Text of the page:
oral, regarding job security that is clear and unequivocal;
or (3) a contractual provision, implied at law, where an
employer’s policies and procedures instill a legitimate
expectation of job security in the employee.”
Pucci, 628 F.3d at 766 (quoting Lytle, 579 N.W.2d at 911).
In their Amended Complaint, Plaintiffs rely on Defendants’ policy “of
treating employees fairly and equitably” and their progressive disciplinary
procedures to show that employees had “a legitimate expectation of job security[.]”
(Am. Compl. ¶¶ 32-42.) In response to Defendants’ motion, Plaintiffs also rely on
Ms. Odom’s affidavit, attesting to statements made to her concerning her future as
“In general, a jury can find the existence of a legitimate expectation [of job
security] based on the ‘employer’s written policy statements set forth in [a] manual
of personnel policies.’ ” Mannix v. Cty. of Monroe, 348 F.3d 526, 534 (6th Cir.
Plaintiffs do not relate any similar statements to Mr. Whitlow. Thus, his claim to
a property interest in his job appears to depend solely on Defendants’ policies and
2003) (quoting Toussaint v. Blue Cross & Blue Shield of Mich., 292 N.W.2d 880,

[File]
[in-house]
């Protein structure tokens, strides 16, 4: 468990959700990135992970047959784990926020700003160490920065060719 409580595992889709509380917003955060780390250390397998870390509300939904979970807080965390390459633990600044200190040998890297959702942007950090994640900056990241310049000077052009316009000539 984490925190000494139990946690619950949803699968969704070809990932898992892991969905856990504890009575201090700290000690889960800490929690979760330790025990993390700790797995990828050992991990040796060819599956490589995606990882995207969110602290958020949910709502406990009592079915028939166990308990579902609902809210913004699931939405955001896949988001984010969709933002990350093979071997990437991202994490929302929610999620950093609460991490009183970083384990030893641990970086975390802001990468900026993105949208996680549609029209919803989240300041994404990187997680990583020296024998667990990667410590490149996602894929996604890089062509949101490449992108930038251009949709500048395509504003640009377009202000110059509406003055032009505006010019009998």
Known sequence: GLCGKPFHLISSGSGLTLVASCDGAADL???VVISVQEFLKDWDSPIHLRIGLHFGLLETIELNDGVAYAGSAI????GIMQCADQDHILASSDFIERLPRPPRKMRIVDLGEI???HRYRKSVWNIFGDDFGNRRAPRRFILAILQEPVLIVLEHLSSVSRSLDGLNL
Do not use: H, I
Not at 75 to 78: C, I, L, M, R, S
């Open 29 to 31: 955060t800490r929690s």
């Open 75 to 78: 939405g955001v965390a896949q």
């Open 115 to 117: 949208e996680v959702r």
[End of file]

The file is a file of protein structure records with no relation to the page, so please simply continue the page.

885 (Mich. 1980)). Nevertheless, the Michigan courts have advised that “the trial
court should only allow the case to proceed if the ‘policies are reasonably capable
of being interpreted as promises of just-cause employment.’ ” Id. (quoting Rood,
507 N.W.2d at 606). “ ‘Neither the adopting of systematic procedures for dealing
with employees nor the creating of disciplinary guidelines transforms an at-will
relationship into one prohibiting discharge except for just-cause.’ ” Id. (quoting
Mitchell v. White Castle Sys., No. 94-1193, 1996 WL 279863, at *5 (6th Cir. 1996)
(unpublished op.)); see also Biggs v. Hilton Hotel Corp., 486 N.W.2d 61, 63
(Mich. Ct. App. 1992) (“The fact that [the] defendant had established a disciplinary